Divorce-related parental concerns and outcomes from the perspectives of young adult children of divorced parents.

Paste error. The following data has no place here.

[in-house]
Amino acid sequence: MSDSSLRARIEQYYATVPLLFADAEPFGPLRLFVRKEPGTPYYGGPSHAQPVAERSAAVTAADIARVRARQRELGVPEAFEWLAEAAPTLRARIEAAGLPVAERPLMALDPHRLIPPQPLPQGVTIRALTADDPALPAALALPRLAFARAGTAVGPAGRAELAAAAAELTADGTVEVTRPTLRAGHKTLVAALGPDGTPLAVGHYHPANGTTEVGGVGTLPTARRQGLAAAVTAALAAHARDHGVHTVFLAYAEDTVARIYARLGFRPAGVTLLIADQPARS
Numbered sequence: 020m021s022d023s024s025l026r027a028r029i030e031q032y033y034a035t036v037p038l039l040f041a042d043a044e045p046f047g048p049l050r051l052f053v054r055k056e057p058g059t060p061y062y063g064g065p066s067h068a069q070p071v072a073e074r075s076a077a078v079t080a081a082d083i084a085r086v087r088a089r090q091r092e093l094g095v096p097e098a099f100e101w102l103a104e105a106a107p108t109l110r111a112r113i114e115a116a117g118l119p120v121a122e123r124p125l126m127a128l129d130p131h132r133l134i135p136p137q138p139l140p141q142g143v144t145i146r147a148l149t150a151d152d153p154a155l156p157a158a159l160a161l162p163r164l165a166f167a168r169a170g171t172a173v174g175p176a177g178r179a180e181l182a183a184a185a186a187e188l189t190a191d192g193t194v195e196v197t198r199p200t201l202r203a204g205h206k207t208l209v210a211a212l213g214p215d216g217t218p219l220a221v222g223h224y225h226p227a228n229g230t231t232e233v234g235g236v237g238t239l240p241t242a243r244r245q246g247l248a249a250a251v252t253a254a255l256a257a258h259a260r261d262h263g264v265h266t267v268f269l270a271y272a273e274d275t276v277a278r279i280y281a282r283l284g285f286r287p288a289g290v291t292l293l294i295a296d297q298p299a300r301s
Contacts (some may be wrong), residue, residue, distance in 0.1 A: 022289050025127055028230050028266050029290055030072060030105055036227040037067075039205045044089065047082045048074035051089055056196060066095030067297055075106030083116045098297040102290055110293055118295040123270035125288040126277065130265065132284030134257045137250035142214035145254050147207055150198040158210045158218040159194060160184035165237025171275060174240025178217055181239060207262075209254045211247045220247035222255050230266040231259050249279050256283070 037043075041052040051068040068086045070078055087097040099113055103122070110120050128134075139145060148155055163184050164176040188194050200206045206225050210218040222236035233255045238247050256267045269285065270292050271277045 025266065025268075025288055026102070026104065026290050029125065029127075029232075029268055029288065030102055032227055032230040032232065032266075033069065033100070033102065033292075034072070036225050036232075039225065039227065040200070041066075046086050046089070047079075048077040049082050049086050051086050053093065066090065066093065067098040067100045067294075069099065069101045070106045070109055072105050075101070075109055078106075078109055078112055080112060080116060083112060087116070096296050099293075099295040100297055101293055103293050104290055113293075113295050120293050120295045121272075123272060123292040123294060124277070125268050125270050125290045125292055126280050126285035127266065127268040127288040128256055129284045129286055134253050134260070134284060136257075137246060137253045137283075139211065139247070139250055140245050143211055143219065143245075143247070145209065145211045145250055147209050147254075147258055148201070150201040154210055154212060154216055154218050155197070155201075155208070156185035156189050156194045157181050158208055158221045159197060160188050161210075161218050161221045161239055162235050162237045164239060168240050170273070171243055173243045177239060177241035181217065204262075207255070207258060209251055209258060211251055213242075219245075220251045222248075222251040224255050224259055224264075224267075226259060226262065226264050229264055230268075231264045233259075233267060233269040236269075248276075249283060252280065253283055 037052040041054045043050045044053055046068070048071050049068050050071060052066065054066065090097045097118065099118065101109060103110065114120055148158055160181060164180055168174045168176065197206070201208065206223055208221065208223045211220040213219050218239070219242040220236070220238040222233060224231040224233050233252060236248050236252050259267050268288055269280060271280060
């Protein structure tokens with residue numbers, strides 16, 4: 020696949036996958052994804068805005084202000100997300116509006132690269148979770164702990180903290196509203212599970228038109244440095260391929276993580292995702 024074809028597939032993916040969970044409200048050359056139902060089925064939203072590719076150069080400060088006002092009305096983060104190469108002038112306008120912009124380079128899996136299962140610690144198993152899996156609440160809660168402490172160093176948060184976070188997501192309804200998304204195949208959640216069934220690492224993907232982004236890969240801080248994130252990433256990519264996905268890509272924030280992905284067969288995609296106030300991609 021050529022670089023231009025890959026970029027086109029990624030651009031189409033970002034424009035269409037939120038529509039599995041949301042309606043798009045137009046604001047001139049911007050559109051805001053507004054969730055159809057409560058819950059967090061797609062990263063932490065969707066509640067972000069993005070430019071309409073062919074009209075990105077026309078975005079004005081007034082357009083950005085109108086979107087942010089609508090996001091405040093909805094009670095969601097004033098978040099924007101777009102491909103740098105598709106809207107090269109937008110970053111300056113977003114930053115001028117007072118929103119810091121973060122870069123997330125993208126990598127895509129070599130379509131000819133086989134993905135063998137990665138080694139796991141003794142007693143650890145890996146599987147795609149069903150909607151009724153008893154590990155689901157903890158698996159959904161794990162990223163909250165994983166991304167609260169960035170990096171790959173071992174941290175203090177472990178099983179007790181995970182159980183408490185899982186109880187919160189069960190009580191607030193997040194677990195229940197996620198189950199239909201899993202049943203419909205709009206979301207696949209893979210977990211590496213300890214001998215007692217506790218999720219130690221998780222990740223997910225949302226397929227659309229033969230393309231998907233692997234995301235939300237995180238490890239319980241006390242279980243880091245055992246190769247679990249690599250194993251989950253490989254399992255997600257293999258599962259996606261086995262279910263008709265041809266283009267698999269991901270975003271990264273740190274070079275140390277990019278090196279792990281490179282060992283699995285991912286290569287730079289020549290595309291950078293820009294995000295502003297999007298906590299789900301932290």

The current project sought to examine young adult children's perceptions of six types of concerns that parents may have during a divorce: concerns about power, malice, finances, esteem, child rejection, and custody. Three hundred thirteen young adults who reported experiencing parental divorce between the ages of 10 and 17 were asked to complete an online survey assessing their perceptions of parental concerns, acrimonious parent interactions, parent-child relationships, and well-being. Although there was a lack of distinction between perceived concerns about power and malice, these scales demonstrated several expected associations and results were fairly robust, suggesting that young adults' perceptions of their parents' concerns regarding conflict (encompassing both power and malice) are important. The perceived custody concerns scale demonstrated a unique patterns of results in which it was associated with higher parent acrimony but also with higher parent-child warmth, suggesting that young adults' perceptions of parents' custody concerns are also important, and different from other types of concerns. Overall, the hypothesis that young adults would be able to distinguish between six types of divorce-related parental concerns was not supported. Rather, the results suggest that young adult children of divorced parents may perceive parental concern with less specificity, as only two distinct and meaningful general categories of concerns were identified: concerns related to inter-parent conflict and custody.